It’s one of the great ironies of working in news: An industry that demands transparency and accountability has long cloaked in secrecy how much reporters are paid.
Rebekah Sanders, a 15-year reporter with the Gannett-owned Arizona Republic, and Report for America reporter Megan Taros, refused to accept that status quo.
“In 2016 and 2017, I had been asking Gannett, through every official channel you’re supposed to go through, from talking to HR to talking to the women’s employee group, to talking to my manager, about equal pay,” Sanders says. “At the time, the vice president of news was doing a book tour, in 2017, about this book she wrote about women in the workplace and demanding what we’re worth.” She spoke with the woman, who was about to retire, and mentioned that it would be great for Gannett to look at issues of pay equity. The woman agreed, but officially, Gannett leadership refused to provide any information, saying instead that they’d looked into the data and everything was fine.
“It was strange for journalism executives to tell journalists — because if there is anyone in the world who does not simply trust but requires verification, it’s journalists,” she says. “We want the documents, we want the data. We don’t take people’s word for it, we want to see it in black and white.”
That refusal to provide information led to the Arizona Republic’s successful efforts to unionize its newsroom two years ago knocked over the dominos that led to a new report examining pay disparity in Gannett-owned newsrooms. Forming a union, with the help of News Guild, allowed reporters to make official records requests to obtain pay data, which was anonymized and analyzed.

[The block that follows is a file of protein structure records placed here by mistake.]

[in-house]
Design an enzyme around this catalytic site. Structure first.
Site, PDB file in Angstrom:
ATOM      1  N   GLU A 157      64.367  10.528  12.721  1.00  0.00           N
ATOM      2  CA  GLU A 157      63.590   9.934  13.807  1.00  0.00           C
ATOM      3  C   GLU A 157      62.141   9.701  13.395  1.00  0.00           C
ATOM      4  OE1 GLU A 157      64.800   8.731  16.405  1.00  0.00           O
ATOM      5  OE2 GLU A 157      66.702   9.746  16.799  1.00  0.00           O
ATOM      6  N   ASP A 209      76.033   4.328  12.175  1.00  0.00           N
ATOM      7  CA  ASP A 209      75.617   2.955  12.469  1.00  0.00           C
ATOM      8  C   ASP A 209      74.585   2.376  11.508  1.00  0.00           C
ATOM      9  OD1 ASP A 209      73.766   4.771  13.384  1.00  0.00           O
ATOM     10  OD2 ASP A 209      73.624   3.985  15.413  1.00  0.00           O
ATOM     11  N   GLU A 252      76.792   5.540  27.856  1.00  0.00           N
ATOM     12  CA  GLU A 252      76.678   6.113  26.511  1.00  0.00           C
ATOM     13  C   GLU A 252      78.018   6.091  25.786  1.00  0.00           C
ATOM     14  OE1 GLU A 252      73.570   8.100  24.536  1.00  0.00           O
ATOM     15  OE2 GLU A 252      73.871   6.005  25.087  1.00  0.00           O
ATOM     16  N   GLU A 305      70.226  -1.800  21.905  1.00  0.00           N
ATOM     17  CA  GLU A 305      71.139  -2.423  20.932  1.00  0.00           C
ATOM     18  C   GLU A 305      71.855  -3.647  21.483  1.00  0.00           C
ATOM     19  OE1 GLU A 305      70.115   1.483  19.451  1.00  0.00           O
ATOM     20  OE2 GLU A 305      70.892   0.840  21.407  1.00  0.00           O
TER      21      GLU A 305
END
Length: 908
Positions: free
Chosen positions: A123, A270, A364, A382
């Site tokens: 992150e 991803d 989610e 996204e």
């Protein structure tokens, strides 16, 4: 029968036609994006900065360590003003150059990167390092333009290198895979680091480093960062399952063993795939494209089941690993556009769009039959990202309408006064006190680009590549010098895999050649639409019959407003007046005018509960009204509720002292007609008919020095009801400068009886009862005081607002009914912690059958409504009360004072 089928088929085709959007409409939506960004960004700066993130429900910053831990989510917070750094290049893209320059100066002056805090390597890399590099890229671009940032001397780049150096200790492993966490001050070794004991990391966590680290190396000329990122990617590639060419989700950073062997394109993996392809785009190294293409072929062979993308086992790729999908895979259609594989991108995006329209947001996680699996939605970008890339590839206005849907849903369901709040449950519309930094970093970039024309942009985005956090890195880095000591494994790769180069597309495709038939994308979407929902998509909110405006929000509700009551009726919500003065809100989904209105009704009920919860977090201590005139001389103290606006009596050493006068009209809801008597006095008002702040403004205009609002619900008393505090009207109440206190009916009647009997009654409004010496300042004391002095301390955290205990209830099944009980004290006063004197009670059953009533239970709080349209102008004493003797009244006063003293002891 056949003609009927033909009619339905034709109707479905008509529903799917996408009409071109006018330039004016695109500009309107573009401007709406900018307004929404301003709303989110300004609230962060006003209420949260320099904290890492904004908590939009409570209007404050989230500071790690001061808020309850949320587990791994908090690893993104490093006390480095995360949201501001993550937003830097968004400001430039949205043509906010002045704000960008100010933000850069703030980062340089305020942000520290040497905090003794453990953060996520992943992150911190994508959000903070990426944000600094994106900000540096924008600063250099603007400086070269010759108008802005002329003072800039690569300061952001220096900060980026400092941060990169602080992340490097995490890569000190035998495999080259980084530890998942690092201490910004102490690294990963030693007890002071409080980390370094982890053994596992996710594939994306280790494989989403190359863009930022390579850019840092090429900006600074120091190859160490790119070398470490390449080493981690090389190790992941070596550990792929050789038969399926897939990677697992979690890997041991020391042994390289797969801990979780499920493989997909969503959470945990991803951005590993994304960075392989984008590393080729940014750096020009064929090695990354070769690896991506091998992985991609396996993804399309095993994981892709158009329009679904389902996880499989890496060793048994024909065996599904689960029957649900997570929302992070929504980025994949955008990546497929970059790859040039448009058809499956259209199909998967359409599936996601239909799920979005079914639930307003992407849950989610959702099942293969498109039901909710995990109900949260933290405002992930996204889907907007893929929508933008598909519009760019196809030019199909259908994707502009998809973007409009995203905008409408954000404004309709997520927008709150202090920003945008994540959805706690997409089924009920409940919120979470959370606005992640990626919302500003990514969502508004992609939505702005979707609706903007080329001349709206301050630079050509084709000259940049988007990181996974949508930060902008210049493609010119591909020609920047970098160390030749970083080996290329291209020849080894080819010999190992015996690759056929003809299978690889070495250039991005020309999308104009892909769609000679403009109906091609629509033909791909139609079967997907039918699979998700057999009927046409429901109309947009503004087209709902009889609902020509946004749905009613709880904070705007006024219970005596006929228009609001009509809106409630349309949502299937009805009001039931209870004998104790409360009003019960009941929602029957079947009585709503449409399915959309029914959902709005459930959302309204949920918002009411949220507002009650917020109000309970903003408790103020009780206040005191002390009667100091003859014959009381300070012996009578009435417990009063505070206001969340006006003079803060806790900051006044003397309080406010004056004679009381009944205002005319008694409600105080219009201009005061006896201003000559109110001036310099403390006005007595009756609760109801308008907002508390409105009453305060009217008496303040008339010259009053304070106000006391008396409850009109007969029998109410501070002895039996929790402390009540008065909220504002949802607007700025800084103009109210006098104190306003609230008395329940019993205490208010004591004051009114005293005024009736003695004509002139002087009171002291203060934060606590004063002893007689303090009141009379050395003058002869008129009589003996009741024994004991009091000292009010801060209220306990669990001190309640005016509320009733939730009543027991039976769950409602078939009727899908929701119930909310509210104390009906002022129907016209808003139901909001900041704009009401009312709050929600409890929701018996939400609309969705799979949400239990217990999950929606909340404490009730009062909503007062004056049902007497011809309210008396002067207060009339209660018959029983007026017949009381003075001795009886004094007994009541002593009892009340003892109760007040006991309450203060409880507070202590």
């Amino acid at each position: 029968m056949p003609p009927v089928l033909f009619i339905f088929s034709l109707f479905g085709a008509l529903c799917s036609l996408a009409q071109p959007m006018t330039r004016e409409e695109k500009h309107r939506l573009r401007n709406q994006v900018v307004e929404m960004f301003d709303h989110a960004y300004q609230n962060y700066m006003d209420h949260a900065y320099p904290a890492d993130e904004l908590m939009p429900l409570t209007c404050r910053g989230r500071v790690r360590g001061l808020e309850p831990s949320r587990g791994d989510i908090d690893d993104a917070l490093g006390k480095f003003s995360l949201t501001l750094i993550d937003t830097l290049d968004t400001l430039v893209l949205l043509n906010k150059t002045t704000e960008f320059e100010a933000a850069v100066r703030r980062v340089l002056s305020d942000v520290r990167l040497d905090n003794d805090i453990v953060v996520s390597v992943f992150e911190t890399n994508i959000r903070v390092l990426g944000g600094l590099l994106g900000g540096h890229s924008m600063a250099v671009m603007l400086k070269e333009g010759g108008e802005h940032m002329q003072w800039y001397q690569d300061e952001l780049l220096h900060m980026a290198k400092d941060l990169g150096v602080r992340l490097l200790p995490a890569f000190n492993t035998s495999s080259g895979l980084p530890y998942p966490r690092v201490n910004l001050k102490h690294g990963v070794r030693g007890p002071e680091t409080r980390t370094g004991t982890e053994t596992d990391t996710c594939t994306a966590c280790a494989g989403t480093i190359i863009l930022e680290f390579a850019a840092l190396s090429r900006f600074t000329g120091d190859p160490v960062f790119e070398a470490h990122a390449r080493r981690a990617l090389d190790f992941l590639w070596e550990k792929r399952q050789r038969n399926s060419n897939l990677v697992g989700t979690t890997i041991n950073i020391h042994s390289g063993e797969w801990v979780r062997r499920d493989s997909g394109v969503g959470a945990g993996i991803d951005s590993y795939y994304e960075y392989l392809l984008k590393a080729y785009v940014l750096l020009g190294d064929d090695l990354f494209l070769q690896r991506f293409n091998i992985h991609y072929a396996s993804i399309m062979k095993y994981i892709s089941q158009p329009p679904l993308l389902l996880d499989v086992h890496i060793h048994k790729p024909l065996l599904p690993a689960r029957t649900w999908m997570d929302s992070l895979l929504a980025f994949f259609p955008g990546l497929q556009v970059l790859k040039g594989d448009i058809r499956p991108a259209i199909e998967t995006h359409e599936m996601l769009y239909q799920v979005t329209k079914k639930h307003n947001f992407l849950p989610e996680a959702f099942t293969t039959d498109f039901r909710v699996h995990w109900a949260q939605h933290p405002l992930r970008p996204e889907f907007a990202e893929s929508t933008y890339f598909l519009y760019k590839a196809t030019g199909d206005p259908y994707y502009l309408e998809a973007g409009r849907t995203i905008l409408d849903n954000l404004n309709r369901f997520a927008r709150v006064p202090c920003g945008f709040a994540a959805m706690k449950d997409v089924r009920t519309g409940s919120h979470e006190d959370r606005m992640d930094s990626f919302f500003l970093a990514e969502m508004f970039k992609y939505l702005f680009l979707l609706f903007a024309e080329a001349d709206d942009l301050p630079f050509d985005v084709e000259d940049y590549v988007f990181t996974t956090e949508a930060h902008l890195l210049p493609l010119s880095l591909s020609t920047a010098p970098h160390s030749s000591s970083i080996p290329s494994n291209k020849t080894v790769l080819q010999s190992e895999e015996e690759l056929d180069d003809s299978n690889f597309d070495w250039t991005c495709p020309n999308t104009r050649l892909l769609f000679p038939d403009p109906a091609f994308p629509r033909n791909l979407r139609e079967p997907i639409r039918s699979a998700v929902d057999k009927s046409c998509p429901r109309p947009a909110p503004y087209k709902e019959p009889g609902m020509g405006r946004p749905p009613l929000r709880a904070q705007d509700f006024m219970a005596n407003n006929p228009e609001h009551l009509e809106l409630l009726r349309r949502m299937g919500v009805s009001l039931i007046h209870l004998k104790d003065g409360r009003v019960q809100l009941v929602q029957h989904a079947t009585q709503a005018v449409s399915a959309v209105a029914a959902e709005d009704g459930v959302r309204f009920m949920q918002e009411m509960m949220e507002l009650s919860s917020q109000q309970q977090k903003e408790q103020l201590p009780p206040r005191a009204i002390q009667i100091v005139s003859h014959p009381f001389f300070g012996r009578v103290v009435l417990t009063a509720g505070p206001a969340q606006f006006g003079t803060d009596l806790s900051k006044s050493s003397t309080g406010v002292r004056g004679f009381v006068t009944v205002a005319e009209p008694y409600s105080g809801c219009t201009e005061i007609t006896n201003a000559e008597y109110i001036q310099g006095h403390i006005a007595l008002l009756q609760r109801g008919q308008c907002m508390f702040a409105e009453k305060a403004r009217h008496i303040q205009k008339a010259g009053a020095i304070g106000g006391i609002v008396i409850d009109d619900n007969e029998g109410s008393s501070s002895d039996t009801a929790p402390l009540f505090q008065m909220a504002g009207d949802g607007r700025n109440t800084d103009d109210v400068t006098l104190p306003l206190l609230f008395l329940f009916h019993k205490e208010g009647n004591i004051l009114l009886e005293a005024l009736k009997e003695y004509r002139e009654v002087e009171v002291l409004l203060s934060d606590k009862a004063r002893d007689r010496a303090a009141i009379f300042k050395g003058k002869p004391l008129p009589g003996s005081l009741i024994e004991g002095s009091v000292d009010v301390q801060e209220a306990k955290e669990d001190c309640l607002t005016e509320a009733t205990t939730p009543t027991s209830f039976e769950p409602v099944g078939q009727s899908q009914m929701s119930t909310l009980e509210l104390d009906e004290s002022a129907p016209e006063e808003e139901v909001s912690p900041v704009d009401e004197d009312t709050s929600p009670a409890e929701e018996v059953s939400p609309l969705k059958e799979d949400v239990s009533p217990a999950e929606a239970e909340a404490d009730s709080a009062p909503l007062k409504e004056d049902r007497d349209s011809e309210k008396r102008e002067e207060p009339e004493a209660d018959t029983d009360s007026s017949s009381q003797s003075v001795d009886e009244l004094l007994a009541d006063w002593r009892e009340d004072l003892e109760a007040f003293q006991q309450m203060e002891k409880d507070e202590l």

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Among the findings, none of which surprised Sanders and Taros: “Some key findings were that women of color earned a median of $16,000 less than white men, and women in general earned about $10,000 less than men,” Sanders says. “Women who worked at Gannett newspapers at least 30 years, most of their career, were earning $27,000 less than men who had the same amount of experience at Gannett. We also found that our newsrooms, by and large, were whiter than the communities we served. We looked at the racial demos of the counties where 14 of these newspapers were located and 13 of 14 newsrooms did not match the racial demographics of the region they covered.”
“Part of the reason that I became involved in some of the pay equity things is I noticed that everyone’s experience with pay and overtime were different, depending on their beat and who their managers were,” Taros says. “Initially I had a difficult time getting overtime. IT was not viewed as an option. … The more I talked to people, the more I realized everyone was on a completely different page. News companies like Gannett should be held accountable and should have a standard which they can be held accountable to.”
Rebekah Sanders and Megan Taros are both members of the union that represents employees of The Arizona Republic. They talk to It’s All Journalism host Michael O’Connell about a recent study that shows Gannett underpays women and journalists of color across the company’s many newsrooms.